Does service of a civil lawsuit count if the defendant is personally handed the legal papers? Absolutely, as long as the person serving the papers is permitted to do so (different courts have different rules).
Does service count if the legal papers are handed to the defendant’s 27 year-old brother who lives with the defendant? Maybe.
But what about legal papers served on the defendant through the defendant’s personal Facebook account?
The answer is some countries is yes, a defendant can be served through a personal Facebook page.
Until quite recently, courts in the United States have refused to allow service through Facebook, citing concerns that doing so would deny defendants due process and actual notice of the lawsuit, which is required by the Constitution and related federal and state laws.
But in March 2013, a court in the Southern District of New York addressed the Federal Trade Commission’s request to serve non-U.S. defendants through email and Facebook after struggling to serve the foreign defendants personally. The judge ultimately granted the request, noting that while service through email alone satisfied the due process and notice requirements, service only through Facebook may not.
The U.S. is not the first country to tiptoe into the land of service via social media. In 2008, Australia allowed service on defendant debtors through Facebook when the attorneys were able to match the defendants’ birth dates, friends, and email addresses on the Facebook pages to their loan applications.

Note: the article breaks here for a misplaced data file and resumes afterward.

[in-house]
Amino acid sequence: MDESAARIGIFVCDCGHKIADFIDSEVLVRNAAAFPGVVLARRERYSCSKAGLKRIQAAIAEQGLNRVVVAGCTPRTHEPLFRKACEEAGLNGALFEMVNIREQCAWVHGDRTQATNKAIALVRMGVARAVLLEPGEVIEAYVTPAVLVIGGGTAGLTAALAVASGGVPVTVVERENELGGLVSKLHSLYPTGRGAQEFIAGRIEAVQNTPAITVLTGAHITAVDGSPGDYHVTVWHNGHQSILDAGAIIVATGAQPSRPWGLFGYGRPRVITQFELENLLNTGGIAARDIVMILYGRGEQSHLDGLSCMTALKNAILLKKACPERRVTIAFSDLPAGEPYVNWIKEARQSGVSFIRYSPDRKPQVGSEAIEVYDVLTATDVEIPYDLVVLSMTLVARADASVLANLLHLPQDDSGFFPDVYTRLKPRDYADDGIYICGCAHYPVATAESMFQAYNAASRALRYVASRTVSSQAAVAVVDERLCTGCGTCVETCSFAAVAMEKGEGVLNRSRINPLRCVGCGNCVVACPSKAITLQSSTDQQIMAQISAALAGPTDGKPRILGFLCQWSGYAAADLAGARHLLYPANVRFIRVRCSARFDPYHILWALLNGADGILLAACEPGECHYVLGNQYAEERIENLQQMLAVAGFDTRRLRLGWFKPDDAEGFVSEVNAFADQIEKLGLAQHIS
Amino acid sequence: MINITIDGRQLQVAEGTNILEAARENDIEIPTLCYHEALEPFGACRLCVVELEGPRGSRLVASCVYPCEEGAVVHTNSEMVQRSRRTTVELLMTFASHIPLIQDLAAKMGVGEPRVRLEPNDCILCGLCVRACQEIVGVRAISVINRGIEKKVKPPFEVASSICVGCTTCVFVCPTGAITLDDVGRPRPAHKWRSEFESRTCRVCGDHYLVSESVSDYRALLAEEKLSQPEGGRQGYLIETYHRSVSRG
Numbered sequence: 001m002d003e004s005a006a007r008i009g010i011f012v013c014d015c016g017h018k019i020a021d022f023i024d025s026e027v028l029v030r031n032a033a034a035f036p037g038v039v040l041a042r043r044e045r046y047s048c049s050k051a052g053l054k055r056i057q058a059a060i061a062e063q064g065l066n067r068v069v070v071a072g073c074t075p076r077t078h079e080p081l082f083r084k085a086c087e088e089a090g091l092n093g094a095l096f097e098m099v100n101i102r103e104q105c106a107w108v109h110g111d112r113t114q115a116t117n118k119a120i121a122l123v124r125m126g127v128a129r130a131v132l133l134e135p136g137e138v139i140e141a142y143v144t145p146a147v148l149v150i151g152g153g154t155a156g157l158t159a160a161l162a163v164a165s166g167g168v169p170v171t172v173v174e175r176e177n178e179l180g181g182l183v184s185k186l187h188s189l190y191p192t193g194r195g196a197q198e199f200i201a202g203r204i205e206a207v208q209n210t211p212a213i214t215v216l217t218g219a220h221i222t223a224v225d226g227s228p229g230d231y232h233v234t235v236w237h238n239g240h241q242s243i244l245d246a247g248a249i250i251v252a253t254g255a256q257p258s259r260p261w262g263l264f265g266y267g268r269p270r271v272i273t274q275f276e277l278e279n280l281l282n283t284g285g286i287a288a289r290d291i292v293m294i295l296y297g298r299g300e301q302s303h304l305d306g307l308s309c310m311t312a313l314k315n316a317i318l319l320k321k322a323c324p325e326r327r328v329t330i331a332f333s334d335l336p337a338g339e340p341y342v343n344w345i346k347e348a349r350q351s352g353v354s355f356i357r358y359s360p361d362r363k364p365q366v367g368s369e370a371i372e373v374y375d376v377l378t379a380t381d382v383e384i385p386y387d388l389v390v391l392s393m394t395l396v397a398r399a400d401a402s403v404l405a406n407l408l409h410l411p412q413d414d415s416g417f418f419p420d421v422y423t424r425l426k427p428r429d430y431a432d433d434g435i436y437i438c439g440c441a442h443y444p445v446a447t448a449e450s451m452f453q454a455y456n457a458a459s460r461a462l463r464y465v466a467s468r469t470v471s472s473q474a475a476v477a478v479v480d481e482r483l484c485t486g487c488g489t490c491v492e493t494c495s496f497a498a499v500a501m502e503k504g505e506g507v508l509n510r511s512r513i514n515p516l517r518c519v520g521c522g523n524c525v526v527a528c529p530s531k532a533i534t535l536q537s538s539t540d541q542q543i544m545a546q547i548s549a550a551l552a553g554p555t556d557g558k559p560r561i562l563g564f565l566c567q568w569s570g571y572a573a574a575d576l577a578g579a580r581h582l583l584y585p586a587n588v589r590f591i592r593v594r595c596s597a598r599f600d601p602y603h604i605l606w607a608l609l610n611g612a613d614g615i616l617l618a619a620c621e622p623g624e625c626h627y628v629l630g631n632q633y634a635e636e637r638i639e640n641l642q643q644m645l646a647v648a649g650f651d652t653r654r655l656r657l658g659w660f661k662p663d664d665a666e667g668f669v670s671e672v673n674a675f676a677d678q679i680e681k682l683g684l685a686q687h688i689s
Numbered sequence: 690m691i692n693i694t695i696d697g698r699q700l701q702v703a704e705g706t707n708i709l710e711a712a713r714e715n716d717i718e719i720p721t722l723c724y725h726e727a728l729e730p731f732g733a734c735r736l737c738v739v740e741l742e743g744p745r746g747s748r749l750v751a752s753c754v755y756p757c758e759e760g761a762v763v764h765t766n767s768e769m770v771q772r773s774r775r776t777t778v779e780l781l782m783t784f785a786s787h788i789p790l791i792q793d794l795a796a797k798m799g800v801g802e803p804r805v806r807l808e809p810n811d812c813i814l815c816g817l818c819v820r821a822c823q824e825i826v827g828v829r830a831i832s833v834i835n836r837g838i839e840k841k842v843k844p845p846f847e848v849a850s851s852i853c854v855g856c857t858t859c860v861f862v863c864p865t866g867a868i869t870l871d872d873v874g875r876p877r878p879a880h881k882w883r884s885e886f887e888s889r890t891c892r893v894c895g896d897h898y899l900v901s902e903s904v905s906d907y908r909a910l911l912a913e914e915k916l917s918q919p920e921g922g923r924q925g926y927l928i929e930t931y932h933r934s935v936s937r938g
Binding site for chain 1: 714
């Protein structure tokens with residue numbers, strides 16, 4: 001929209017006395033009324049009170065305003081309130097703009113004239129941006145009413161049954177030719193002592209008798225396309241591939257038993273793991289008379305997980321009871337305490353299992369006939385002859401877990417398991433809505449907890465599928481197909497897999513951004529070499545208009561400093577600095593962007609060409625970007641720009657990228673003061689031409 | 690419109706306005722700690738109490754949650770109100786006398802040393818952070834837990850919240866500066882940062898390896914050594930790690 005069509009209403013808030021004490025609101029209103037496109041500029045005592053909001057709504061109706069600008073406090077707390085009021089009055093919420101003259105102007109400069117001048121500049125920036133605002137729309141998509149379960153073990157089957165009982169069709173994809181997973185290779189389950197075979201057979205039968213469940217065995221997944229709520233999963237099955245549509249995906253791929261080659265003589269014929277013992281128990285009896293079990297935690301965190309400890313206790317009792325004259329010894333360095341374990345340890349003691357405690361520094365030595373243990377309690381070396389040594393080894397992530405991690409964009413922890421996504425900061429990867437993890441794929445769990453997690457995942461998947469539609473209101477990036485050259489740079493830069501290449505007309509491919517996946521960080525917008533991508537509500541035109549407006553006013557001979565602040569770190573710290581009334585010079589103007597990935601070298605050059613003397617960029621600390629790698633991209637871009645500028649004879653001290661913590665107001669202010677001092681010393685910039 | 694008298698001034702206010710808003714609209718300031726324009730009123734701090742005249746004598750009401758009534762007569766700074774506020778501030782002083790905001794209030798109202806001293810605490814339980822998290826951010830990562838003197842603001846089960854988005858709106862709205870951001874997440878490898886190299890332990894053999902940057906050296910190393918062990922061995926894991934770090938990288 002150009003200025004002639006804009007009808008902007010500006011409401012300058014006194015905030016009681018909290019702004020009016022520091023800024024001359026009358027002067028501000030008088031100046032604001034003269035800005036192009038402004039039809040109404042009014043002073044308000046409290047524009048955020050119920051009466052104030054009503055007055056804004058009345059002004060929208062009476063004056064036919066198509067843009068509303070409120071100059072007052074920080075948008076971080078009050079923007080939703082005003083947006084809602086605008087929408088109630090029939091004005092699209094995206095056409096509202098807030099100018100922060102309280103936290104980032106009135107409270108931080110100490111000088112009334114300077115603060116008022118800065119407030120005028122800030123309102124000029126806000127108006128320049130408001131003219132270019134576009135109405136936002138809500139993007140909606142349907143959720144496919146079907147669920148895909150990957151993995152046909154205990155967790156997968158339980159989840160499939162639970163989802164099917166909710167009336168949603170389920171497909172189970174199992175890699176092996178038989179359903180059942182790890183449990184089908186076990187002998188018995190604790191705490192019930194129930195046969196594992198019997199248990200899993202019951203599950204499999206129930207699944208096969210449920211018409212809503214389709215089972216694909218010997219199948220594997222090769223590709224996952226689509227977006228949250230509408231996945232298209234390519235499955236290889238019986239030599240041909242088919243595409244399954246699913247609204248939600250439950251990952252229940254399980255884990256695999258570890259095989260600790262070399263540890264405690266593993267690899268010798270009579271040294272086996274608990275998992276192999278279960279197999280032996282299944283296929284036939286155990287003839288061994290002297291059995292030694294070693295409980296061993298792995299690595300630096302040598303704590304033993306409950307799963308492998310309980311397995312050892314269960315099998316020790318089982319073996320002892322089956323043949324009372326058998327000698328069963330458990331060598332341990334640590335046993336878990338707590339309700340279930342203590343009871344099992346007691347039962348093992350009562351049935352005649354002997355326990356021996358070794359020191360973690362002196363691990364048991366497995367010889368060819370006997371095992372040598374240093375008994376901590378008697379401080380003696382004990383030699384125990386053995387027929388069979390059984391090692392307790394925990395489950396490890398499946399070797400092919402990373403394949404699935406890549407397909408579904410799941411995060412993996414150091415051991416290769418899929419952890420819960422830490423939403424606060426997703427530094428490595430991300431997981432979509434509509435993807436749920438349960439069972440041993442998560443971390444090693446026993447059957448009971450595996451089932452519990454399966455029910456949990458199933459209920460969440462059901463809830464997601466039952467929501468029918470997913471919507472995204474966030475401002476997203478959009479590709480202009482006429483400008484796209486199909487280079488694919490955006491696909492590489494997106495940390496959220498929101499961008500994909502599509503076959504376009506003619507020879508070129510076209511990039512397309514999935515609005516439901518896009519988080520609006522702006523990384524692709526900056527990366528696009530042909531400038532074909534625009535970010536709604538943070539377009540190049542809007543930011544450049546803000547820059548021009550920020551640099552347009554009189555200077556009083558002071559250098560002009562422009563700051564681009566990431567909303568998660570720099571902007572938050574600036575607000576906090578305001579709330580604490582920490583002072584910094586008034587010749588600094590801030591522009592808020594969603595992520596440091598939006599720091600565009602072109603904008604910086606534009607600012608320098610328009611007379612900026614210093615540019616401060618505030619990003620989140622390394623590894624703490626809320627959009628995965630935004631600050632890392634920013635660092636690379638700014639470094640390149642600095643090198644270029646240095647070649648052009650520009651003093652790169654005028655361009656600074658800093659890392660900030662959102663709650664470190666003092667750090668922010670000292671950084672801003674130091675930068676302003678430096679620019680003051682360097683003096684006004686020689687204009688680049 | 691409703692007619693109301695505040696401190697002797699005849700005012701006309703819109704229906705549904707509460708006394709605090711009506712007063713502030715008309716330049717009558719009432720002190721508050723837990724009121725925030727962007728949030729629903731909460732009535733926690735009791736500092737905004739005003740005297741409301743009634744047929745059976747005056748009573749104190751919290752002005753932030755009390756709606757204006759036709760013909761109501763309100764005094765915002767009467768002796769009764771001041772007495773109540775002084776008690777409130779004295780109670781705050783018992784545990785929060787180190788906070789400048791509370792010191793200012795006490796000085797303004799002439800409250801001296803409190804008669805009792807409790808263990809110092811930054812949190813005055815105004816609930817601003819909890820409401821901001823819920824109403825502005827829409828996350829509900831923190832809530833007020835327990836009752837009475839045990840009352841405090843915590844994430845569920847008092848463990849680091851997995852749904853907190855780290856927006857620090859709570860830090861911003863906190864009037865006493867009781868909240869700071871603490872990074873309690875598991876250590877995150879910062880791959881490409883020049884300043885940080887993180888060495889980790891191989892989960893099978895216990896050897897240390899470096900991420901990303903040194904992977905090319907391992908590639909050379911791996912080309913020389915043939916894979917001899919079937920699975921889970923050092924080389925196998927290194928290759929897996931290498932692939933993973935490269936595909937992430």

A year later a Canadian court allowed service on the defendant through the HR department of the defendant’s former employer and through the defendant’s private Facebook page. A New Zealand court also approved this method. The United Kingdom’s High Court has allowed service of an injunction on an anonymous blogger through a Twitter account, and Australia has allowed service through text message. All of these countries have similar due process and notice requirements as the United States.
Service of process can be tricky. It can vary not only from country to country, but from state to state, county to county, and even court to court. However, just because some courts have shown a willingness to move the law in new directions with the proliferation of social media, this does not mean that they have yet come to anything like a clear consensus. Since service of process is one of the initial steps in asserting your rights in court, be sure you get it right. Talk to a litigation attorney at Briskin, Cross and Sanford if you are in any doubt.